On Nov. 5, Ontarians turned back their clocks an hour, just as they have for 105 years.

The time change persists despite ample evidence of negative health effects. But the ritual seems set to continue until enough provinces and U.S. states can get their clocks together.

When it began in 1918, Daylight Savings Time was supposed to conserve energy and increase the amount of daylight you could enjoy each day. According to the Canadian Encyclopedia, the practice was also intended to boost production during the First World War. In Canada today only Saskatchewan and Yukon do not change their clocks.

But research suggests it does more harm than good.

Other than general grogginess and lack of energy, a 2020 study found the time switch increased traffic accidents by six per cent and a 2019 study found it increased heart attacks by about 20 per cent in the spring when the time moves ahead one hour.

Fraser Willsey, a senior sleep technologist at The Royal Mental Health Centre’s Sleep Disorders Clinic in Ottawa, says the increase in heart attacks may be follow a shift in the body’s production of melatonin and cortisol.

“… Melatonin is a powerful antioxidant and an anti-inflammatory which would explain the increase in heart attacks. That, and waking up earlier than we normally would happens right in the heat of that cortisol curve. It’s cortisol that nudges us out of bed. It’s like a changing of the guard where melatonin reduces and cortisol takes over for the start of our day,” he says.

Willsey says “the squeeze is not worth the juice” when it comes to time changes.

He says the lack of sleep you may accumulate as part of the time switch may snowball and turn into chronic problems for your sleep and mental health.

Willsey says that for people who are prone to poor sleep, it’s a “vicious cycle” that could last years.

“Poor sleep over time could lead to anxiety or depression which could lead to insomnia. Unfortunately, it’s a very bidirectional relationship where one feeds into the other,” he said.

When it comes to the effects on the economy, Lisa Kramer, a professor of finance at University of Toronto, says increased anxiety from lack of sleep “leads to a reluctance to buy or continue holding risky financial assets.”

She wrote about this in a 2018 article, in which she and her co-authors estimated that “in the United States alone, the average one-day loss on stock markets due to a daylight-saving time change amounted to more than $30 billion US.”

Joel Harden, MPP for Ottawa-Centre, says many people have approached him about this issue.

“When I hear about this, it’s from very exhausted parents balancing work and school with a changing schedule,” he said.

We know what the problem is, now how do we change it? And, why is it taking so long to change?

Ontario has passed the Time Amendment Act in 2020. The bill would keep Ontario permanently on Daylight Savings Time. Proposed by former MPP for Ottawa West-Nepean Jeremy Roberts, the bill can’t be implemented until Quebec and New York state are on board. Many public servants and Ottawa residents work in Gatineau while Toronto and New York share the same stock market hours so it would be in our best interests to harmonize on the same time.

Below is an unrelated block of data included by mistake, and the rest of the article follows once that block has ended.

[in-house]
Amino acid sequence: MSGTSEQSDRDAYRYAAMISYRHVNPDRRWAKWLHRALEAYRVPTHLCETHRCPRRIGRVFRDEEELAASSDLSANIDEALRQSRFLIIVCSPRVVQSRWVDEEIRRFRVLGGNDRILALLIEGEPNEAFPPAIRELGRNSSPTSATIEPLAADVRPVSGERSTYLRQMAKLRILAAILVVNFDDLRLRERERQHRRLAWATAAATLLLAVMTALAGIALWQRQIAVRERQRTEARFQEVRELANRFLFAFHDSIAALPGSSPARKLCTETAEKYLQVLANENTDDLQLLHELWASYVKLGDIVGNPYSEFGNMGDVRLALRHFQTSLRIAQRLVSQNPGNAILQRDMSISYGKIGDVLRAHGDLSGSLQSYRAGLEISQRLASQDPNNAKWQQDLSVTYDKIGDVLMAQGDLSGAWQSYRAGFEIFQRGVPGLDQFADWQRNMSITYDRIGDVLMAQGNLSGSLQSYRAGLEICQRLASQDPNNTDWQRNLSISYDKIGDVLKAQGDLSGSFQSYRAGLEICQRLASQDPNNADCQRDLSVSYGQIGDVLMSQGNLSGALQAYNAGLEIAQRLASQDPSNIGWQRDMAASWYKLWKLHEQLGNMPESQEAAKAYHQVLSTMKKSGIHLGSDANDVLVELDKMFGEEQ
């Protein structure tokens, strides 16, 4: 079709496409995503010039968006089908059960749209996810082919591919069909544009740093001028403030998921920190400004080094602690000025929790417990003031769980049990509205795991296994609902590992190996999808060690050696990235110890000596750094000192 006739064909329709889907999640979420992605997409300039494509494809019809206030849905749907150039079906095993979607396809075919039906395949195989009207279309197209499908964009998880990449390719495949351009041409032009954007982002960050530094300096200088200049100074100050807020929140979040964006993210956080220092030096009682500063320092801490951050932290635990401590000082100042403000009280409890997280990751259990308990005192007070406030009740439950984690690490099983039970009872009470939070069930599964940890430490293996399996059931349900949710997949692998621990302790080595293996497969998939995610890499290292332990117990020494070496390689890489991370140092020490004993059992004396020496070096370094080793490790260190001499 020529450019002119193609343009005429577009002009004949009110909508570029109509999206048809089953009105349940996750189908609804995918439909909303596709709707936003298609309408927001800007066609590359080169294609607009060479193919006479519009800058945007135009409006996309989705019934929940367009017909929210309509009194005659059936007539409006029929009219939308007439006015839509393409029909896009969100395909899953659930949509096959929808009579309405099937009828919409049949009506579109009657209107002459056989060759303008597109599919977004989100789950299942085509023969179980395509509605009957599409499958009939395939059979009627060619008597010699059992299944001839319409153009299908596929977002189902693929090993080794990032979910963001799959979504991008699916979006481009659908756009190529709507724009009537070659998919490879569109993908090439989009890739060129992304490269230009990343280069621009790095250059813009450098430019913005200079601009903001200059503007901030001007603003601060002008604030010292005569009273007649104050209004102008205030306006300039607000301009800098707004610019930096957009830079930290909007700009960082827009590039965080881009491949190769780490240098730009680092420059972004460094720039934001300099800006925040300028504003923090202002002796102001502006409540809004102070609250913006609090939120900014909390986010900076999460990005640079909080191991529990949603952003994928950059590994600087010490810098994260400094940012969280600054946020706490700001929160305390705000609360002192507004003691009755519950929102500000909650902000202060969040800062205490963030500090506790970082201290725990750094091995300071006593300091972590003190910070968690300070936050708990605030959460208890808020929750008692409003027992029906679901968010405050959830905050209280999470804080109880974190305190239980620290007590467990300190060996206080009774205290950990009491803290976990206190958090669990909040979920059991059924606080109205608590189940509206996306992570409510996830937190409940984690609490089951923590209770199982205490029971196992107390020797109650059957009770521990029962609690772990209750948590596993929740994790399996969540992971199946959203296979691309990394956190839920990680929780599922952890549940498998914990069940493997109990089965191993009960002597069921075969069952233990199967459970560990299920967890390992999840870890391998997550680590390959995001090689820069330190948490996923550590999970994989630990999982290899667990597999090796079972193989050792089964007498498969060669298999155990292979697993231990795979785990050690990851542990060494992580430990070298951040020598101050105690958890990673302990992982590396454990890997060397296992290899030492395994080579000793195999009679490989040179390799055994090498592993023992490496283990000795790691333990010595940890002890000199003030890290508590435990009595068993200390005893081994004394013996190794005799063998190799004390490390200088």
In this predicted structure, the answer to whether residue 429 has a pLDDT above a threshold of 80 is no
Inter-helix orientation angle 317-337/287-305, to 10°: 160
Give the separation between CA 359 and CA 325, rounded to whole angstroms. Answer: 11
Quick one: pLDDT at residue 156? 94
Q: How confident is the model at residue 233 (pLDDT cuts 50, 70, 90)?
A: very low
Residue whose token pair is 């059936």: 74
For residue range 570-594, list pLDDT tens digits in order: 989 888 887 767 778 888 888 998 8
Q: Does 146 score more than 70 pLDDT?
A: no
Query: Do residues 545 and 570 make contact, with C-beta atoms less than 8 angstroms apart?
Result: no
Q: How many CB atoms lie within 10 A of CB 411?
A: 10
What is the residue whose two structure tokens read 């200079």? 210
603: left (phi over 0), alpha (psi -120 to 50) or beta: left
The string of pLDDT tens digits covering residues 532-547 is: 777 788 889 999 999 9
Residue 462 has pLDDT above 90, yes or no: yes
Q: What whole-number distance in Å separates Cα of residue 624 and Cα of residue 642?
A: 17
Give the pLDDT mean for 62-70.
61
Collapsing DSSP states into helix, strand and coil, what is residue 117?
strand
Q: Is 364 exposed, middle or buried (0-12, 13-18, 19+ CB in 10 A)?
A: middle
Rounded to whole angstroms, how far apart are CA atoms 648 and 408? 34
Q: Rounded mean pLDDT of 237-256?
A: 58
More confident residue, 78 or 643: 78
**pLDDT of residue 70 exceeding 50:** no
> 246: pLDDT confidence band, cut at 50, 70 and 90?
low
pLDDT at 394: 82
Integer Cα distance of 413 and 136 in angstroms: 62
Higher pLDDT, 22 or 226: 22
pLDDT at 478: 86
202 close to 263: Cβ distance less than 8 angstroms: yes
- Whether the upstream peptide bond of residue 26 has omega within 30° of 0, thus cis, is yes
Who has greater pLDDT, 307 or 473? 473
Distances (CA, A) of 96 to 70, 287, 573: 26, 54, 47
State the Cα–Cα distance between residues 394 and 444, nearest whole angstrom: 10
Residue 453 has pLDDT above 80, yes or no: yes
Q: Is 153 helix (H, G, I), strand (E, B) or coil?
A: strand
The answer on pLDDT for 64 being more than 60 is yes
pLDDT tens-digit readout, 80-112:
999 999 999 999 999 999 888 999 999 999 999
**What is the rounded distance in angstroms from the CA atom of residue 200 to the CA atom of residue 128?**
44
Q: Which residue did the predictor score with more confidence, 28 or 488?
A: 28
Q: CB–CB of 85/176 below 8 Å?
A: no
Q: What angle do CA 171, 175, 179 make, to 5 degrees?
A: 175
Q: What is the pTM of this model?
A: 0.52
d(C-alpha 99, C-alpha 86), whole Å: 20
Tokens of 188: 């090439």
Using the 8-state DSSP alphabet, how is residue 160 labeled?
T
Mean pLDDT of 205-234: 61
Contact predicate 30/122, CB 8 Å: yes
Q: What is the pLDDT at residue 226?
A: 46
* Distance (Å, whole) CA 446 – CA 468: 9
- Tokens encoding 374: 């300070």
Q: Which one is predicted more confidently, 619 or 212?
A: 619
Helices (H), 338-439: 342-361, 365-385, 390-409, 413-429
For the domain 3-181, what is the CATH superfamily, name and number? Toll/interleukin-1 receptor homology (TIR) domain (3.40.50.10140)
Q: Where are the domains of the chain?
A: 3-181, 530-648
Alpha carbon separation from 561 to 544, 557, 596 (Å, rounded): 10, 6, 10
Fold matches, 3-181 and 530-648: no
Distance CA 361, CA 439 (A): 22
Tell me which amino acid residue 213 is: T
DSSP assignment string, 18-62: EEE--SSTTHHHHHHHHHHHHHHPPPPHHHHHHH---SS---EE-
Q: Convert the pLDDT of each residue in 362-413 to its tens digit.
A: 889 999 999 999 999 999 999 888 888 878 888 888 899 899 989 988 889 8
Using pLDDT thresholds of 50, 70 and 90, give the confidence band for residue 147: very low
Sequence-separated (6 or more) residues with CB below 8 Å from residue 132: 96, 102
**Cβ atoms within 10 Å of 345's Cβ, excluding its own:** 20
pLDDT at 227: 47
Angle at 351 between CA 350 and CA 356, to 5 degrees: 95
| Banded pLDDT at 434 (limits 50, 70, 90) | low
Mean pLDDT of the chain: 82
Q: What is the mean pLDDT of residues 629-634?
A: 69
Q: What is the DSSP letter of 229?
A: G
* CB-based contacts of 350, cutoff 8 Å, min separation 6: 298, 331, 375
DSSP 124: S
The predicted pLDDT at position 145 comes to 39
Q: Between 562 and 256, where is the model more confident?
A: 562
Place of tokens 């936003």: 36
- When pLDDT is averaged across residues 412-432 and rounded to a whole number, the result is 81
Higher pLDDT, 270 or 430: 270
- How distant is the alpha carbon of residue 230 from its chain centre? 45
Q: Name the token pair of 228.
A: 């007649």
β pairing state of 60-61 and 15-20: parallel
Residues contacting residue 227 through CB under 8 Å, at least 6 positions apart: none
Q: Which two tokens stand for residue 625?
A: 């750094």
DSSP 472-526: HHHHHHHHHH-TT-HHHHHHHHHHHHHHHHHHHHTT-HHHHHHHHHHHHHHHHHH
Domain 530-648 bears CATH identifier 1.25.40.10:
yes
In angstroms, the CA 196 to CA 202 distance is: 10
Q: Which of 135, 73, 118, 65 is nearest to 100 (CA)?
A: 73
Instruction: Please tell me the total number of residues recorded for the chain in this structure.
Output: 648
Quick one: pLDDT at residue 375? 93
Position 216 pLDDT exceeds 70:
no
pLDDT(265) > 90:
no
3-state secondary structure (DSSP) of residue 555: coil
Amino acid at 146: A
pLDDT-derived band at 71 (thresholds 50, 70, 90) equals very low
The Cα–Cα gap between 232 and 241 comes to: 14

Harden says the vote in 2020 cleared “without obstruction”.

“It’s not often that you can get people from across the political spectrum to agree on the same thing. We’ve cleared the hurdle in Ontario, now we need them cleared in Quebec and New York,” he says.

In Quebec, the Parti Québecois is pushing for a similar bill to secure DST as the permanent time.

In the U.S., the Senate passed the Sunshine Protection Act in 2022, which would also make DST permanent. However, NPR reported in early November that New York state was among nine states interested in ditching making Standard Time permanent, not Daylight Savings Time.

The question of which time we should make permanent remains a topic of debate in all circles.

Harden says he is open to hearing what experts have to say but the decision will lie in “what produces the most social good”.

“Ultimately, I think the best policy is not only guided by academic research but what every day residents tell us,” he says.

Kramer says that, while she has heard “strong arguments” from both sides, she believes it may be difficult for politicians and experts to agree on one permanent time.

“As long as people differ in their attributes and preferences, it’s unlikely we’ll all agree on which single time standard is best,” she says.

“The predominant view in the sleep community is that we should stick to Standard Time. Bottom line, we’re talking about more light in the morning and less light at night, which is a perfect recipe for sleep.”

Fraser Willsey, senior sleep technologist at The Royal

Willsey says Standard Time aligns better with everyone’s natural circadian rhythm.

“The predominant view in the sleep community is that we should stick to Standard Time,” he said. “Bottom line, we’re talking about more light in the morning and less light at night, which is a perfect recipe for sleep.”

To better prepare yourself for the next time change, Willsey says people should change their sleeping patterns in advance to minimize its effects.

“In the days leading up to the switch in the spring, try going to sleep 15 minutes earlier every night. In the fall, go to sleep a little later than usual.”

He also suggests minimizing your exposure to screens and blue light before bed.

But Kramer said that she thinks we’ll abandon the clock switching: “it’s just a matter of time.”